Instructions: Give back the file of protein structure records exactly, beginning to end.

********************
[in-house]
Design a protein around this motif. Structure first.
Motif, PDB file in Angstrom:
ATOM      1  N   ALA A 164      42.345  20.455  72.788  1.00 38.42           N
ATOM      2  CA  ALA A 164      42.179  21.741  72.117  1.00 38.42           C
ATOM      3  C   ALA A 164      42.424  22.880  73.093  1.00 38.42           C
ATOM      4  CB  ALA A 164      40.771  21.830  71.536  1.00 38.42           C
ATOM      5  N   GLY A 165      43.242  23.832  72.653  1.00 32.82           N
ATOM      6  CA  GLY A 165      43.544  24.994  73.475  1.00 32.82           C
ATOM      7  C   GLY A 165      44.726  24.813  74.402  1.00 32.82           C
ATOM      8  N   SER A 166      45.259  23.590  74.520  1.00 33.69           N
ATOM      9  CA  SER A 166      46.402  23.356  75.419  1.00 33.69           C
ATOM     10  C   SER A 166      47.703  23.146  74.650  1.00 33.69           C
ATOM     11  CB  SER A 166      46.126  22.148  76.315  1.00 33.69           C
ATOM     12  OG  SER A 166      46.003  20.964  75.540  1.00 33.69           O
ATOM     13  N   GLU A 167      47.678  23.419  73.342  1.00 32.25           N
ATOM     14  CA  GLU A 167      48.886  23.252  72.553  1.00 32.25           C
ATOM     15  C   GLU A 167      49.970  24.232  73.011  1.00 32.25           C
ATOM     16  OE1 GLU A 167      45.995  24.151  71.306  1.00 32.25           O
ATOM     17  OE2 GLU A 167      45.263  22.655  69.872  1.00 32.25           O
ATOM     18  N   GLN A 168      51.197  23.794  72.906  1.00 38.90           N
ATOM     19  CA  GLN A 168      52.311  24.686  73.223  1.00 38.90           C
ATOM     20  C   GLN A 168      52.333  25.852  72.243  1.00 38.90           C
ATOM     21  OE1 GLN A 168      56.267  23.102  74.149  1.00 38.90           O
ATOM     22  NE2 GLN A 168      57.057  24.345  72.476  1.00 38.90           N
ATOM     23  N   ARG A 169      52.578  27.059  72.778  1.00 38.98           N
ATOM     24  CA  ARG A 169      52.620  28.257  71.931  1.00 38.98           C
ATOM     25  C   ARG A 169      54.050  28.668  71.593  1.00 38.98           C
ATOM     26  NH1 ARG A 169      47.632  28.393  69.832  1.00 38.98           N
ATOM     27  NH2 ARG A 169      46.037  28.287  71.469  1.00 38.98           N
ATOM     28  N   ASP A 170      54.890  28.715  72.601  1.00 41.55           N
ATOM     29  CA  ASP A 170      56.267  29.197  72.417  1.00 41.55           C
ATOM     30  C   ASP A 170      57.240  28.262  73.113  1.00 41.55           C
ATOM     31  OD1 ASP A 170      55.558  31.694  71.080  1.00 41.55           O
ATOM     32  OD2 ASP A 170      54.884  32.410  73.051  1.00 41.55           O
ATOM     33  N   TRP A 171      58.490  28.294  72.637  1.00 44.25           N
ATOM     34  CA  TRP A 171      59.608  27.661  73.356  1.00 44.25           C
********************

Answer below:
[in-house]
Design a protein around this motif. Structure first.
Motif, PDB file in Angstrom:
ATOM      1  N   ALA A 164      42.345  20.455  72.788  1.00 38.42           N
ATOM      2  CA  ALA A 164      42.179  21.741  72.117  1.00 38.42           C
ATOM      3  C   ALA A 164      42.424  22.880  73.093  1.00 38.42           C
ATOM      4  CB  ALA A 164      40.771  21.830  71.536  1.00 38.42           C
ATOM      5  N   GLY A 165      43.242  23.832  72.653  1.00 32.82           N
ATOM      6  CA  GLY A 165      43.544  24.994  73.475  1.00 32.82           C
ATOM      7  C   GLY A 165      44.726  24.813  74.402  1.00 32.82           C
ATOM      8  N   SER A 166      45.259  23.590  74.520  1.00 33.69           N
ATOM      9  CA  SER A 166      46.402  23.356  75.419  1.00 33.69           C
ATOM     10  C   SER A 166      47.703  23.146  74.650  1.00 33.69           C
ATOM     11  CB  SER A 166      46.126  22.148  76.315  1.00 33.69           C
ATOM     12  OG  SER A 166      46.003  20.964  75.540  1.00 33.69           O
ATOM     13  N   GLU A 167      47.678  23.419  73.342  1.00 32.25           N
ATOM     14  CA  GLU A 167      48.886  23.252  72.553  1.00 32.25           C
ATOM     15  C   GLU A 167      49.970  24.232  73.011  1.00 32.25           C
ATOM     16  OE1 GLU A 167      45.995  24.151  71.306  1.00 32.25           O
ATOM     17  OE2 GLU A 167      45.263  22.655  69.872  1.00 32.25           O
ATOM     18  N   GLN A 168      51.197  23.794  72.906  1.00 38.90           N
ATOM     19  CA  GLN A 168      52.311  24.686  73.223  1.00 38.90           C
ATOM     20  C   GLN A 168      52.333  25.852  72.243  1.00 38.90           C
ATOM     21  OE1 GLN A 168      56.267  23.102  74.149  1.00 38.90           O
ATOM     22  NE2 GLN A 168      57.057  24.345  72.476  1.00 38.90           N
ATOM     23  N   ARG A 169      52.578  27.059  72.778  1.00 38.98           N
ATOM     24  CA  ARG A 169      52.620  28.257  71.931  1.00 38.98           C
ATOM     25  C   ARG A 169      54.050  28.668  71.593  1.00 38.98           C
ATOM     26  NH1 ARG A 169      47.632  28.393  69.832  1.00 38.98           N
ATOM     27  NH2 ARG A 169      46.037  28.287  71.469  1.00 38.98           N
ATOM     28  N   ASP A 170      54.890  28.715  72.601  1.00 41.55           N
ATOM     29  CA  ASP A 170      56.267  29.197  72.417  1.00 41.55           C
ATOM     30  C   ASP A 170      57.240  28.262  73.113  1.00 41.55           C
ATOM     31  OD1 ASP A 170      55.558  31.694  71.080  1.00 41.55           O
ATOM     32  OD2 ASP A 170      54.884  32.410  73.051  1.00 41.55           O
ATOM     33  N   TRP A 171      58.490  28.294  72.637  1.00 44.25           N
ATOM     34  CA  TRP A 171      59.608  27.661  73.356  1.00 44.25           C